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The island is going to great lengths to keep water flowing to its all-important semiconductor industry, including shutting off irrigation to legions of rice growers.
Its excellence in the computer chip market puts it at the center of the battle for global technological supremacy.
The battered Chinese giant won’t say how many of its new handsets it can produce. U.S. restrictions may have curtailed access to essential components.
The island’s biggest chip maker has been a coveted partner to both battling giants. But rising nationalism is making it harder to keep the middle ground.
The export controls follow a review in which the United States concluded that Semiconductor Manufacturing International Corporation may be supplying chips to the Chinese military.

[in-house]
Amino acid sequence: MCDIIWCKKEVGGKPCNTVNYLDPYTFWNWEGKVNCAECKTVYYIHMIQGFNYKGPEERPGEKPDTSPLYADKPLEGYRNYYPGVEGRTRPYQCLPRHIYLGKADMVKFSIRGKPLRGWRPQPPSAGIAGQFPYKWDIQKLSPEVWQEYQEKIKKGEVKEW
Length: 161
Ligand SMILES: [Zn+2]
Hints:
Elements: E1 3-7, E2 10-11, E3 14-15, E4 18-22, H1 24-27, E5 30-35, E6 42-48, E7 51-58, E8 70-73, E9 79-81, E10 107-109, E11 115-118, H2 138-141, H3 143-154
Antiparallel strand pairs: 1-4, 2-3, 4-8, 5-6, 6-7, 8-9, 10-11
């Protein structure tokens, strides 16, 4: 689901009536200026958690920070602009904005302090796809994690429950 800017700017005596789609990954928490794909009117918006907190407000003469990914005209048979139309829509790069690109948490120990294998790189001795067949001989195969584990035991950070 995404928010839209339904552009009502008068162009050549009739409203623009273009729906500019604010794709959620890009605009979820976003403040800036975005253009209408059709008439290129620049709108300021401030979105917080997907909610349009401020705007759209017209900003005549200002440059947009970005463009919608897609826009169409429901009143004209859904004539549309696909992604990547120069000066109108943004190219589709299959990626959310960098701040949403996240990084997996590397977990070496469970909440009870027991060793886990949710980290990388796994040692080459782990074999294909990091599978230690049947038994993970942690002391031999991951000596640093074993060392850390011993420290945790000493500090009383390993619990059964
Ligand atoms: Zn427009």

The chip maker was selected for an Energy Department project meant to show American tech independence. But problems at Intel have thrown a wrench into the effort.
The Commerce Department placed new restrictions on the Chinese tech giant’s ability to work with the global chip industry.
The Trump administration is challenging Chinese access to Taiwan’s high-tech supply chain — and, by extension, Beijing’s influence over the island it claims as its territory.
The White House has called for building up U.S. manufacturing and criticized a tech supply chain centered in China.